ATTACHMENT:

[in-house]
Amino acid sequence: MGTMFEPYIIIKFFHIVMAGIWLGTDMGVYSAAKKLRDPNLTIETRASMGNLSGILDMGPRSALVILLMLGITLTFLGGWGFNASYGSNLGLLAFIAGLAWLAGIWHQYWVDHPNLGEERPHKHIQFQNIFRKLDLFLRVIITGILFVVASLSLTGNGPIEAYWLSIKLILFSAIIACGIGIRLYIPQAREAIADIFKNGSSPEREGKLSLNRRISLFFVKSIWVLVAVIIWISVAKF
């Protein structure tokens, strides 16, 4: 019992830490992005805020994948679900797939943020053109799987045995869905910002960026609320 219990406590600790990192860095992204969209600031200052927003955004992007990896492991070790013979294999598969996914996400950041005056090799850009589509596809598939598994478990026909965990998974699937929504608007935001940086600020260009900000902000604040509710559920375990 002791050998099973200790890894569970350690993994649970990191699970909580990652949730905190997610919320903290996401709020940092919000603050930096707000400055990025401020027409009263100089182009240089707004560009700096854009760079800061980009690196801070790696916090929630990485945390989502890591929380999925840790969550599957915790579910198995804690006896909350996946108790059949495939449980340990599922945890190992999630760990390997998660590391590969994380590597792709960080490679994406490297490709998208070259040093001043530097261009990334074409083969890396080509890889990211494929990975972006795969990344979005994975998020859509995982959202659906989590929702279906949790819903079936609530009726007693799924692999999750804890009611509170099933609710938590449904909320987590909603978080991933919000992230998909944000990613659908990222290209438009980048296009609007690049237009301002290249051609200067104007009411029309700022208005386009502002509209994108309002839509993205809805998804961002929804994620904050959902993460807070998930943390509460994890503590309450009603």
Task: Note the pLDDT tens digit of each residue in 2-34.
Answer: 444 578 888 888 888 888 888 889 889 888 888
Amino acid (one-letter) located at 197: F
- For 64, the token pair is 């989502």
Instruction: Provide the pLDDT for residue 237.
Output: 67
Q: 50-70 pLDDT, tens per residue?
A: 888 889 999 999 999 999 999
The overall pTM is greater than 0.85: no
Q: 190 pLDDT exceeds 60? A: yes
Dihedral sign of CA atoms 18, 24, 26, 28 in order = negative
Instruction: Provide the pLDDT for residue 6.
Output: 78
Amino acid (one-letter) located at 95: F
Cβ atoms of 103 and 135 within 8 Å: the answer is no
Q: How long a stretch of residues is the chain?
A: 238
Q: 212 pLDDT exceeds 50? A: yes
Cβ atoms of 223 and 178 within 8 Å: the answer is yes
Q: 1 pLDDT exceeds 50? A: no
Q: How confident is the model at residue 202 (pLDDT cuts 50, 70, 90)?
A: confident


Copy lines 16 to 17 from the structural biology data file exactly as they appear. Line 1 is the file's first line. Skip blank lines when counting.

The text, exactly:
Output: 78
Amino acid (one-letter) located at 95: F